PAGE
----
Maalavika Manoj on her latest single Play, and recording with her musician-grandfather for the first time
Maalavika Manoj decided to collaborate with her grandfather, who can play the harmonica and harmonetta, because she realised the influence he has had on her style
Whenever singer-songwriter Maalavika Manoj (Mali) would learn to play a new song or write one of her own, she would show it to her grandfather MC Rammohan last, considering he was “a sharp critic”. She says, “He’d tell me all these things about not having the feel or going off note. I didn’t take it too well as a teenager, but I think I learnt from it.”
Mali’s septuagenarian grandfather started out playing the harmonica and harmonetta first in Kannur, and then in a band called Black and White in 1950s Chennai – named so because they wore white shirts and black pants, says an amused Mali – and was a hard-core audiophile, collecting vinyl, speaker systems and other audio gear. She adds, “He introduced to me a lot of music – he introduced me to jazz. I remember he played Miles Davis records and said, ‘This is how you should listen to music, always on loud’. I remember when I was much younger, he said, ‘Have you heard of this band called Pink Floyd?’ and then he called me over to watch Pulse (1995 live album). He’s a really cool granddad.” Family time at home usually involved singing songs together, while her grandfather played the harmonica.
The Chennai-bred, Mumbai-based singer-songwriter always knew that her grandfather had influenced her sensibilities as a musician and listener, but she felt the need to acknowledge it now, more than ever, in her latest single ‘Play’. Sometime in late 2016, Mali was sent a few old photographs of her grandfather by her family, and one of them became the artwork for ‘Play’, portraying a young Rammohan playing a Hohner Harmonetta. Mali explains why this photograph had such an impact on her. “The backstory is that my granddad did the opposite of what I did. He quit music to get a real job to support his family. But I quit a proper job to take up music.”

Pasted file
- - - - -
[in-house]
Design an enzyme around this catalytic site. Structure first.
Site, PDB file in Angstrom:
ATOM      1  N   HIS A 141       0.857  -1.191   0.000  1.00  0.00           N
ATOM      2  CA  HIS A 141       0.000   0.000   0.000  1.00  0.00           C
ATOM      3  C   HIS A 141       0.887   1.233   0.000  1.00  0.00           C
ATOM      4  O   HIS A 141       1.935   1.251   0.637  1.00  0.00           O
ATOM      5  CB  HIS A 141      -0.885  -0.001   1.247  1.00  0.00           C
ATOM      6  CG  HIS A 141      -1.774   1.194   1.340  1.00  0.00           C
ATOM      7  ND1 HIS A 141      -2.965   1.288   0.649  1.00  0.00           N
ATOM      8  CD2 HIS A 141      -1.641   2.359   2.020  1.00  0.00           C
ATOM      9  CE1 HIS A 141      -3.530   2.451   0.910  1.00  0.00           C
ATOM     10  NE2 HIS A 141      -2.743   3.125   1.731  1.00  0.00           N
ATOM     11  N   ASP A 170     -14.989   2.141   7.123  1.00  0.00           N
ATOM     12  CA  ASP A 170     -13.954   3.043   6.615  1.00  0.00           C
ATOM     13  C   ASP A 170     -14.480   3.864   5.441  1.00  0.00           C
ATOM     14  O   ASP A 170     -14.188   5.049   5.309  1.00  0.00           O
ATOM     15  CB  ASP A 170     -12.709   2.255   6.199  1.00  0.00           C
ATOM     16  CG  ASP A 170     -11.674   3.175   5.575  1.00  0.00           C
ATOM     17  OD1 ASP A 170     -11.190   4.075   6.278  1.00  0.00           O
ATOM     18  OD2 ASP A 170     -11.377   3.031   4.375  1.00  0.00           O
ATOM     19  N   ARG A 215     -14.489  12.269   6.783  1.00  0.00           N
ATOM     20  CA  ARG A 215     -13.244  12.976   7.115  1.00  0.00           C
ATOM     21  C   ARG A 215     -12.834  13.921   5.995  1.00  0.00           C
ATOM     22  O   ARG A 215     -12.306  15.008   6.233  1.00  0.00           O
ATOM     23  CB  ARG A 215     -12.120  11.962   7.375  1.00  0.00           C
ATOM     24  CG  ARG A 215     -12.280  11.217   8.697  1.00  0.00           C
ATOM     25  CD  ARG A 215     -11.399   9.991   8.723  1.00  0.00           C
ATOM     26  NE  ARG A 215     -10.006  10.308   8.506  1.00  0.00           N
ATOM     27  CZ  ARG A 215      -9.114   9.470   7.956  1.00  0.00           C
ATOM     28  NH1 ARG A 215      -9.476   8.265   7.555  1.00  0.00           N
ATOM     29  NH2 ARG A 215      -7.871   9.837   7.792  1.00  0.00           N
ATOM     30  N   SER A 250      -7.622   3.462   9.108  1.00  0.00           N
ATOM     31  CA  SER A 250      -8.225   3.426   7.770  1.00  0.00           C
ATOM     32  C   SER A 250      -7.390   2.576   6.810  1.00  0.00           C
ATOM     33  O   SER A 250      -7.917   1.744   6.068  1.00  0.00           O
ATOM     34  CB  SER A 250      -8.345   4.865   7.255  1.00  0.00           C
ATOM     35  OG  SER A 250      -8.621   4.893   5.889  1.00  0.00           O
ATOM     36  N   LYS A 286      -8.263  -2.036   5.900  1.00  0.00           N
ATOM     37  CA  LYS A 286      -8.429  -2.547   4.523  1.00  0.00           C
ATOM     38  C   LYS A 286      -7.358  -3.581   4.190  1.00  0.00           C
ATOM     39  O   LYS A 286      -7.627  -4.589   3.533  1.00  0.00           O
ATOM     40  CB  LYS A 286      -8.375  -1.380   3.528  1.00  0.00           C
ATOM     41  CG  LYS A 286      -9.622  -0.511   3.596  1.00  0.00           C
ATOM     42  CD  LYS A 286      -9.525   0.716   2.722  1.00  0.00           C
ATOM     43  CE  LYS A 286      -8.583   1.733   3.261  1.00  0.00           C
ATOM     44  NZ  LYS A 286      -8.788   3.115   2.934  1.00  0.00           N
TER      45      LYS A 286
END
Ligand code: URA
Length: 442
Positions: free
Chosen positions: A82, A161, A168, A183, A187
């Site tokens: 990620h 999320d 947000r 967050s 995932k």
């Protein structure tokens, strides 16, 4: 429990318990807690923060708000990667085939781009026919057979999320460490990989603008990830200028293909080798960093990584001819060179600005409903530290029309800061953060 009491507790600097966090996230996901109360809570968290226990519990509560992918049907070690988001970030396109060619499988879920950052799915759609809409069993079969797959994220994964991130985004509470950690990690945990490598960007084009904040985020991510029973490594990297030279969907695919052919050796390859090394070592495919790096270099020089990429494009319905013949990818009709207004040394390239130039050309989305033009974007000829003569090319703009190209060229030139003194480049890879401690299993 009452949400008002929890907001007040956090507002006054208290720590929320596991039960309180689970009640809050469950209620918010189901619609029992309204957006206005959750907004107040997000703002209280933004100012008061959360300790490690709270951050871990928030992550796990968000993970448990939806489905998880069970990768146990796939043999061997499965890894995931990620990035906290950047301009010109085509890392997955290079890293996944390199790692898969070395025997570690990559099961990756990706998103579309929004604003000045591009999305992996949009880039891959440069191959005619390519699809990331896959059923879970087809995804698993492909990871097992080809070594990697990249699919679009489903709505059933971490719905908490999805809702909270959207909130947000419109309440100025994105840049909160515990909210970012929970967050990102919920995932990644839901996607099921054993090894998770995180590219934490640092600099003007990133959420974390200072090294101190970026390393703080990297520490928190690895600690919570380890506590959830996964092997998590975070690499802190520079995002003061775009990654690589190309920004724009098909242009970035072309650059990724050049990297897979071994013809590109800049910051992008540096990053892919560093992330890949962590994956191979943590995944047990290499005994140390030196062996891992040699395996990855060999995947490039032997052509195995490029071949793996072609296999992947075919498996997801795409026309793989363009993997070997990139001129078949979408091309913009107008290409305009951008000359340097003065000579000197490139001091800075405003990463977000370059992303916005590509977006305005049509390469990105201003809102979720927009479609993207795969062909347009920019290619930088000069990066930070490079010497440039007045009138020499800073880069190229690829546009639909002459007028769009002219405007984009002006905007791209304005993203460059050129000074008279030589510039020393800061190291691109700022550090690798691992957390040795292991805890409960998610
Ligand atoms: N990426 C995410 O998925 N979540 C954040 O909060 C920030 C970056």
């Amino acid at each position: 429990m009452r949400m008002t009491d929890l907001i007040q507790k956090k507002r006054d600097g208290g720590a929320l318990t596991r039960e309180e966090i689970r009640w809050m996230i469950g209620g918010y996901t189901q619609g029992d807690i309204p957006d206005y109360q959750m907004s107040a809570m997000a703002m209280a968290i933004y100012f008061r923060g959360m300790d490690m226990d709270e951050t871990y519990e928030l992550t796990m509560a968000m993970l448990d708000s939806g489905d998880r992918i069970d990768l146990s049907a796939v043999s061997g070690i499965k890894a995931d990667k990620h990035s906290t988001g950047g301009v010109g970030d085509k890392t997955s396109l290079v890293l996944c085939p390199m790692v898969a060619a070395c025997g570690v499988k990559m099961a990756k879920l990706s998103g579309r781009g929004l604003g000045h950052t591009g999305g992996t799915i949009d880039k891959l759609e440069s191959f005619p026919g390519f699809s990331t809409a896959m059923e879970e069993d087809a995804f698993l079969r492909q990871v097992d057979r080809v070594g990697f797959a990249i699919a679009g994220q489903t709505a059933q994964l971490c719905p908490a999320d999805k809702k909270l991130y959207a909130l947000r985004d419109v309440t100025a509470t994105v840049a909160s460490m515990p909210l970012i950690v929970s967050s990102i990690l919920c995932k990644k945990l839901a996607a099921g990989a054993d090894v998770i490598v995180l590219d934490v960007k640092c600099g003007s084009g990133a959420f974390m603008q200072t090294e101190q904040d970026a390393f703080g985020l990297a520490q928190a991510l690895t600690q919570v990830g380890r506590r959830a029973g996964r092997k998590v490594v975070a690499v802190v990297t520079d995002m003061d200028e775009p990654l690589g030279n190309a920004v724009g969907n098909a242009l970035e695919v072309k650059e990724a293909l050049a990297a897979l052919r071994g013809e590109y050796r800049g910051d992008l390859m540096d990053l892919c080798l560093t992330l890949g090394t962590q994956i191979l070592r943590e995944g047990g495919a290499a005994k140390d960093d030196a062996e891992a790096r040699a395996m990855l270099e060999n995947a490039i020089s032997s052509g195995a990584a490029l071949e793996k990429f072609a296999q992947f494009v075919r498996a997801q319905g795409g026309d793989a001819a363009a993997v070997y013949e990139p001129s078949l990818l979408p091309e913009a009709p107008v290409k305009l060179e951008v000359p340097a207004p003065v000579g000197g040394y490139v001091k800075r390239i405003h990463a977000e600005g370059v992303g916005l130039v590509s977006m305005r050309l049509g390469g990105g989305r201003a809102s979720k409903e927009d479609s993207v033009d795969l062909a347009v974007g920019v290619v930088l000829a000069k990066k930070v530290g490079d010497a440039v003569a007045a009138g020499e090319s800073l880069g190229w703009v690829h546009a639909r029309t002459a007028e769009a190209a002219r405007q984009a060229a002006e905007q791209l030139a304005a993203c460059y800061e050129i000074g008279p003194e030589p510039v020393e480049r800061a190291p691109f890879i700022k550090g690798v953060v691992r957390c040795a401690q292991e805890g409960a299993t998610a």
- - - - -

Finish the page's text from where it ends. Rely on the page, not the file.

And while her grandfather was initially sceptical about Mali becoming a full-time musician, he was still supportive. When she showed the first version of ‘Play’ to her grandfather, Mali says he was his usual reticent self and didn’t seem moved. “But later that night, my grandmother told me he was over the moon. And I had to hear it from her!” she says with a laugh.
Her next step was to include her grandfather in the song, getting him to not just play the harmonica but also be a part of her first ever music video, which was shot in Kannur. “I seemed to have a sudden longing for something I hadn’t lost. I just wanted to document that my granddad was a strong influence in my life,” she says, about the motivation that has driven her since she first saw a portrait of her grandfather as a young musician.
Mali wrote the harmonica parts for Rammohan to record, but it was the first time he was in a studio, which gave him a bad case of the nerves. She recalls, “He’s usually excellent at picking things up quickly, but I think the pressure got to him. He was sweating and turning pink. I’ve never seen my granddad like that. So we did the best with his takes. I had to think about where to draw the line between being a producer and being a granddaughter. But that’s part of what the song was about – even if it’s hard, just do it, just play.”
Even for the music video, she recalls how he needed to be coaxed more to face the camera. “I told him the whole point of it was to have him in it. He said, ‘Okay, fine, but I can’t act’. I told him, ‘Don’t worry, we’re not going to make you act. It’s not a movie’,” she says with a laugh. Mali describes herself as being a not-so-camera-friendly person too, but with filmmaker Krish Makhija behind the lens, she says the video lent itself to a candid vibe quicker than she thought. “I was surprised, my granddad just snapped into character. He started interviewing me, like it was a talk show. He made some jokes here and there, and we both got super comfortable.” It’s one for the books, for both Mali and her grandfather.
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